launched a special feature on its website, a fusion of art and science called “COLORING SPACE” with work from my "Organiverse" Starry Night edition (original paintings are just 8 1/2 cm. in diameter (3.3"). Micro and macro cosmos.
What is Chandra? 'The Chandra X-Ray telescope is an orbiting observatory that reveals the most detailed x-ray view of the universe. Since its launch on July 23, 1999, the Chandra X-ray telescope has been NASA's flagship mission for X-ray astronomy, taking its place in the fleet of "Great Observatories."' You can also see lots of fascinating detail about Chandra on NASA's website page "Exploring the Invisible Universe" here.
The project is intended, as the people at Chandra say, “to provoke thought about how the two realms of color - in art and in space - intersect and diverge. This piece explores the similarities of how these different types of images are made, as well as discusses the ways in which they differ. We invite you to explore these images and what they represent both on their own and when presented as a comparison, or contrast, to another in a separate field.”
The original series of 100 Organiverse paintings (or “Helios” edition) was painted on watercolour paper - - - dot by dot, atom by atom. There are four spheres per folio, for a portfolio of 25 pages. This was done back in 1972, long before the Internet, or even fax machines. Since 1972 there has been a phenomenal evolution of electronic intelligence, of computers and software gadgets. Yet my original intent in creating Organiverse was for the viewer to view (on paper) one sphere at a time, quietly, for contemplation and meditation. This motivation has now been overtaken by technology.
Yet it's interesting, even three decades ago, there was foreshadowing of links, a harbinger between science and space, art and science, when filmmaker Julius Kohanyi was commissioned to create an experimental 35mm colour and sound film based on Organiverse. (Also, already in the early 1960's, long before the moon landing any any NASA images or Chandra , I gave lectures and one of these was called "THE INVISIBLE MADE VISIBLE" More about that in another post.)
When it came time to give the completed film a title, Kohanyi wanted to use only a symbol: the two circles at the top left corner of this picture: (if If it looks familiar, this is from the plaque installed aboard Pioneer 11 spacecraft in 1973).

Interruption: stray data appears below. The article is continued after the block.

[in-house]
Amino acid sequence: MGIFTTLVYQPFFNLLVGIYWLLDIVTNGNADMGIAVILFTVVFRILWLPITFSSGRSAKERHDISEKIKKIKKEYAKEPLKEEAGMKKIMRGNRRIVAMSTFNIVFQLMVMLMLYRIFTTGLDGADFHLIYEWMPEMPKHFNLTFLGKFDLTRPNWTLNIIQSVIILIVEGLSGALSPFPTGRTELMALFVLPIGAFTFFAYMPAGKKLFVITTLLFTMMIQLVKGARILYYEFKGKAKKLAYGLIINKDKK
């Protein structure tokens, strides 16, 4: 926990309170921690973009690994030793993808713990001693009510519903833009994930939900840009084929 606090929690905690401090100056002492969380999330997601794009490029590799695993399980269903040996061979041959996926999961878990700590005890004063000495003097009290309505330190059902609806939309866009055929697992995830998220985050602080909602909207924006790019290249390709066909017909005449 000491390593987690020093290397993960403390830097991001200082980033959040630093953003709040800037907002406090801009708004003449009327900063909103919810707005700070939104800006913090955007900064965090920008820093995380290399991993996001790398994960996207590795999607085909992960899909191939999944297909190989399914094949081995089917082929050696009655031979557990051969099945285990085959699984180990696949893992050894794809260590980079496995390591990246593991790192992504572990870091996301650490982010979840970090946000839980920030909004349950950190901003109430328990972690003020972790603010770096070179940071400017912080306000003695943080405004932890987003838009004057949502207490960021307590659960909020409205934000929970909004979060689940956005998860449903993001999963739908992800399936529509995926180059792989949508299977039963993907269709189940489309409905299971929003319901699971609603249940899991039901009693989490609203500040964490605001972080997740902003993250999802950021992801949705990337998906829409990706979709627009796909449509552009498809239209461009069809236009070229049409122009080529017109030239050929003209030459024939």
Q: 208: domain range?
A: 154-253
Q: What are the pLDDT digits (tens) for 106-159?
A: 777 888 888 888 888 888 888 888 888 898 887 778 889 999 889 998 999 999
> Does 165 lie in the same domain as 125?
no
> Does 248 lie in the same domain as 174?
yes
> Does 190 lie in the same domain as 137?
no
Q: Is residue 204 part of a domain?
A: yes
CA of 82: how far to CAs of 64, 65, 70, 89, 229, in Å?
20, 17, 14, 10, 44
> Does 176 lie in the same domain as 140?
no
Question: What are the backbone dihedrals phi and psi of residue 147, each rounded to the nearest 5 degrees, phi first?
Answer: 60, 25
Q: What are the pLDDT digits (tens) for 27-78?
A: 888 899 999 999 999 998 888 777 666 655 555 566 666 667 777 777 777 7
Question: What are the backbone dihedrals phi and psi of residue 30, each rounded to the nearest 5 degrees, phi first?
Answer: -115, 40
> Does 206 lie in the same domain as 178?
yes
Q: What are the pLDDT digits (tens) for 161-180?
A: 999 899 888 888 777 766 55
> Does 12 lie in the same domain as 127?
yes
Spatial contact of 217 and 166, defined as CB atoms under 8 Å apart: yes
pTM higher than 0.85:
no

However, he was told a symbol alone wouldn’t “work” for cataloguing the film, so Julius had to give it a name, and he chose “H-A” (for Hydrogen Atom, the first building block of the universe.)
Creation of the “Starry Night” edition - the Starry Night edition of Organiverse was born from curiosity. In the early 2000’s, I was collaborating with Hewlett Packard (HP) who graciously agreed to scan the complete original Organiverse series using their latest scanning technology. When all 100 scans were completed, I asked the HP expert, Allen Rothwell: “Can we create a negative from the positive?” And the rest is history, as they say. Recent developments - In the past two years, first with the recent International Year of Astronomy 2009 “From Earth to the Universe” exhibit which included both the Original and Starry Night editions of Organiverse on video, and now with this special feature created by the Chandra X-Ray Center, Organiverse has taken on a life of its own.
Although we keep a strict copyright on the work, in a way Organiverse is now "out of my hands” so-to-speak, and has orbited beyond my original intent, as said earlier: that is, for people to quietly, contemplate the spheres individually as an antidote to our multi-tasking and over-stressed times. It was the Starry Night edition of Organiverse that caught the eye of staff at Chandra. A very special thanks to Kimberly Arcand Kowal for all her work on the project.
We wish Organiverse and Chandra X-Ray Center a healthy and constructive orbit over the "Human Family", bringing - we hope - wonder and nourishment for the mind.
ORGANIVERSE HANDSET project - in keeping with its seemingly endless evolutions, yet another initiative was born. We thank Brian W. Johnson of Victoria, BC for his help in working with me on colour callibration of the scanned spheres, and also in developing the concept of having the images housed in a striking and innovative wood container made from recovered Westcoast wood.
Signing off for now, Happy Trails! Henri